“I believe in God, the Father almighty, maker of heaven and earth. And in Jesus Christ, his only Son, our Lord, who was conceived by the Holy Spirit, born of the Virgin Mary, suffered under Pontius Pilate, was crucified, dead, and buried. He descended into hell. The third day he rose again from the dead. He ascended into heaven, and sits at the right hand of God, the Father almighty, from thence he will come to judge this living and the dead.

I believe in the Holy Spirit, the Holy Christian Church, the communion of saints, the forgiveness of sins, the resurrection of the body, and they life everlasting. Amen.”

If you don’t know the Apostles Creed off by heart don’t worry – it will usually be either up on a big screen or you will be given a sheet of paper with the words on it.

After this the child is baptised.

Anglican

The Anglican service seems to be quite similar with some different wording, but very similar meaning.

The godparents respond saying “With the help of God we will”

You can find some more information about baby baptisms from the Church of England website

Catholic

The Catholic church again is similar but asks some extra questions like:

“What name have you given your child?”

“What so you ask of God’s church for ________?” (answer: baptism)

The Catholic Church of Australia goes into more detail on their website. This website also gives a really good explanation and steps in a Catholic baptism.

So there are some pretty serious things that godparents need to commit to at the baptism service. Have a really good think if you believe these things first.

What Does a Godparent Do at a Baptism?

You may be wondering what you need to do at the baptism. Let’s run through these below:

  • The godparents will usually sit at the front of the church with the parents and child.
  • When it’s time for the baptism the pastor will call you forward. The godparents together with the parents and baby will walk to the front of the church (when our children were baptised this happened really soon after the start of the service)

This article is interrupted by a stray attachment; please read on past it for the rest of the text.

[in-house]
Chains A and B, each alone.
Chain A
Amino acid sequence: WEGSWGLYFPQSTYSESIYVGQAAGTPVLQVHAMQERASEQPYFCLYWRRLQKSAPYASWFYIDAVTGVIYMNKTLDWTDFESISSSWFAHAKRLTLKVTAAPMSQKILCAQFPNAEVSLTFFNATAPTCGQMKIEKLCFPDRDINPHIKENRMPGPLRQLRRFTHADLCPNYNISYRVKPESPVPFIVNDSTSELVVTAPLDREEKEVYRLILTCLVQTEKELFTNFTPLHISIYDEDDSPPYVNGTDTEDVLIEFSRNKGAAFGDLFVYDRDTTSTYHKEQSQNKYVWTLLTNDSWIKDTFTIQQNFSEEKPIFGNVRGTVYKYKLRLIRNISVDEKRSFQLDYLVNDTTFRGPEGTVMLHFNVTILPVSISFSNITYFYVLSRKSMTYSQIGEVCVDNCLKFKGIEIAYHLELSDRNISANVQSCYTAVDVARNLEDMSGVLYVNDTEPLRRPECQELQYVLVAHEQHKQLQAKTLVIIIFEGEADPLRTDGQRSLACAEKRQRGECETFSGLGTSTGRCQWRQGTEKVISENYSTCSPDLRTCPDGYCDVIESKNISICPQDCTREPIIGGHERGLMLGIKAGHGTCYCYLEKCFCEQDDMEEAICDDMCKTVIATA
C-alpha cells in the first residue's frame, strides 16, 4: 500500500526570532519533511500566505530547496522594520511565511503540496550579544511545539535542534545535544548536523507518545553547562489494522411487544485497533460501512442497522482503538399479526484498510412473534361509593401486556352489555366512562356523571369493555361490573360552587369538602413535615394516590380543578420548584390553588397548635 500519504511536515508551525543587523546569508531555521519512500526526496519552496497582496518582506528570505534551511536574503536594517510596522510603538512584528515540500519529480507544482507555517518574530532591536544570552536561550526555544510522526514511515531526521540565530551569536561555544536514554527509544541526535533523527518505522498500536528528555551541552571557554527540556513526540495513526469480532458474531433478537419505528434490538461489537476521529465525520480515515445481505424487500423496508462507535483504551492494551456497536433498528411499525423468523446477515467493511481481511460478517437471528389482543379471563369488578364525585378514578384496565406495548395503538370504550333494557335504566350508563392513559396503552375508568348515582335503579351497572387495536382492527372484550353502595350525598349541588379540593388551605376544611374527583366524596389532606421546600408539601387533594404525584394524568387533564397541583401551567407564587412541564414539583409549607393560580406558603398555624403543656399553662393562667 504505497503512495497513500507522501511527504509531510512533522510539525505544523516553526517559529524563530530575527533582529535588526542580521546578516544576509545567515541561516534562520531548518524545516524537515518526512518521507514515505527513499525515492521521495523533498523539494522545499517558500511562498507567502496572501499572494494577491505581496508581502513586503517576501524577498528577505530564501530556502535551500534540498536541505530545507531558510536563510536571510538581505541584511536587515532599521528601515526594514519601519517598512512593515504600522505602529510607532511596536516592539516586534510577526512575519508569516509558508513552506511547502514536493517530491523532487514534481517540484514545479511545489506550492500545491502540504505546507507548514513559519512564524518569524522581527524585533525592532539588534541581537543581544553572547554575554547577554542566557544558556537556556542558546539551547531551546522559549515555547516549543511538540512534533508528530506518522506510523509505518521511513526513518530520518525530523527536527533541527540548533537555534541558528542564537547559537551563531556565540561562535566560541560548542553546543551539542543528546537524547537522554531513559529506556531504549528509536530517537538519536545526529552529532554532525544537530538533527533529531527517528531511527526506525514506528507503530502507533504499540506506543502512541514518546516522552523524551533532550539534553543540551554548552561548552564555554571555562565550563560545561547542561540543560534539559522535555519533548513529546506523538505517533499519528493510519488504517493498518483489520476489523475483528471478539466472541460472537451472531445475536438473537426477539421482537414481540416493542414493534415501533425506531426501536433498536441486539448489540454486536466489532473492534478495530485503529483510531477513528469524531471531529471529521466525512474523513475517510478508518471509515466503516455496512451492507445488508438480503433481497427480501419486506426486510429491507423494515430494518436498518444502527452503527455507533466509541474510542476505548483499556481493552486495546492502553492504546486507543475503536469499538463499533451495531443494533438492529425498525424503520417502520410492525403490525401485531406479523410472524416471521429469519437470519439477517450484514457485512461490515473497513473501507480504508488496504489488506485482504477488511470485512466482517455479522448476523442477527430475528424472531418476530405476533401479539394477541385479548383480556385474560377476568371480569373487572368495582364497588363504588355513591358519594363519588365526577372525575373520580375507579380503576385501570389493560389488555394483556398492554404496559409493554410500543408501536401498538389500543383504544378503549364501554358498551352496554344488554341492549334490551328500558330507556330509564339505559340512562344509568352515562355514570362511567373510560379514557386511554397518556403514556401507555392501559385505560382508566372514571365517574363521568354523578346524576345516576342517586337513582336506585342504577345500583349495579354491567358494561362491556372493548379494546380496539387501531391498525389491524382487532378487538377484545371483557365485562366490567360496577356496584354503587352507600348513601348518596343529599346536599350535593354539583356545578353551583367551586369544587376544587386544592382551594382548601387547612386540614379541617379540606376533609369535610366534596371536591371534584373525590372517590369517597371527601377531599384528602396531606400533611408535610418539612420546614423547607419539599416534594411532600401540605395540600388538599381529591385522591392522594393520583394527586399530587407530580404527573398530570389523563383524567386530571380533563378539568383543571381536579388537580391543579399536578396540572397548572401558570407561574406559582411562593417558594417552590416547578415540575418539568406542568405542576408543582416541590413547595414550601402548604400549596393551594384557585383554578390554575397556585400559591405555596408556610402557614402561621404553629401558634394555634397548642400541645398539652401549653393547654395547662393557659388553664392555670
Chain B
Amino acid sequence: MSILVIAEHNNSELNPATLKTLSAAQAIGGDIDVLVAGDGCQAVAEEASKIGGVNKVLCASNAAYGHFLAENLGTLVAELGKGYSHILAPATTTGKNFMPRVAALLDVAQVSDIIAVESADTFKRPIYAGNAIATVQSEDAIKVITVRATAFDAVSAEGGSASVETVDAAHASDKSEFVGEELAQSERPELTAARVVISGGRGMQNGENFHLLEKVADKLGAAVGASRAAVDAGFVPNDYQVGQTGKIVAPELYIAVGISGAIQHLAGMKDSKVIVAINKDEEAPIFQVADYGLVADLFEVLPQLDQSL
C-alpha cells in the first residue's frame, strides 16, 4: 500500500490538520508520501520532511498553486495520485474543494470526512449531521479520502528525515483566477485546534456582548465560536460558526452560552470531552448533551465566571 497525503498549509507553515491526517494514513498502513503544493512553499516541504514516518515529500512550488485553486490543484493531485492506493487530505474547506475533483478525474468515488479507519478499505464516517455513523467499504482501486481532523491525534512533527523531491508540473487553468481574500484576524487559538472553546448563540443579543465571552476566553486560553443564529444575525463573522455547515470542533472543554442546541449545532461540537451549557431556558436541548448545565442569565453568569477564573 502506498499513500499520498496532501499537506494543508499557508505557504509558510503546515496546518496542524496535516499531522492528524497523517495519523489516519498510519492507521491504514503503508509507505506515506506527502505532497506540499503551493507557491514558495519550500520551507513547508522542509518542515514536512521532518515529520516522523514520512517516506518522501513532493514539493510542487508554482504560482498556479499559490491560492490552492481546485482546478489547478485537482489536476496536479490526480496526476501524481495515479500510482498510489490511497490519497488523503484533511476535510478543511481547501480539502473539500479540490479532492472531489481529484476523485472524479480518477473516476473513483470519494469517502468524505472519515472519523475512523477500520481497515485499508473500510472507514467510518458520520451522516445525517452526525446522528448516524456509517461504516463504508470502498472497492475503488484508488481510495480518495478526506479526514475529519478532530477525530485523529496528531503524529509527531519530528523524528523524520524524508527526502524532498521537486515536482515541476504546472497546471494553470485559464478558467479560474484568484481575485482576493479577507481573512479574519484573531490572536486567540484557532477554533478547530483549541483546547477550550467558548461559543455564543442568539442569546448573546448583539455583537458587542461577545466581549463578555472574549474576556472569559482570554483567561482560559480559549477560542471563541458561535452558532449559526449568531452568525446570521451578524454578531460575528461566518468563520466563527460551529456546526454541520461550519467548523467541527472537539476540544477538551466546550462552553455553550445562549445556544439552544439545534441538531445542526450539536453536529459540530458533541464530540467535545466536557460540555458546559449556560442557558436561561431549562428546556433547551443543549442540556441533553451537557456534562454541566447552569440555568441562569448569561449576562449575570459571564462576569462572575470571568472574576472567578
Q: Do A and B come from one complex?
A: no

• You will need to respond to the pastor when he asks questions of the godparents and parents – see detailed questions and responses above.
  • When the baptism takes place you will need to be near the baptisimal font (where the water for baptism is held). The pastor will invite you all to where you need to stand. Normally the parent or pastor holds the baby when the water is sprinkled. If you as godparent are expected to hold the baby the parent should tell you this before the service.
  • After the baptism the pastor will indicate what needs to happen.
  • When our children were baptised we were asked with the godparents to all put our hands on the baby while the pastor said a prayer for the baby.
  • Then a candle will be lit from the big candle in the church called the paschal candle (which symbolises the light of Jesus coming into the world). The small lit candle will be handed to either the parents or godparents (we blew it out when we were back in our seats). It is suggested that this candle is lit each year on the child’s baptism birthday. There may also be some papers or a small gift given from the pastor which you may need to hold.

That’s it. The pastor will indicate when it is time to return to your seat.

Again it may be slightly different at different churches, but should be basically the same.

What is Expected of a Godparent at the Baptism?

There are a few things that the parents will probably expect of you at the baptism that maybe haven’t been formally spelt out: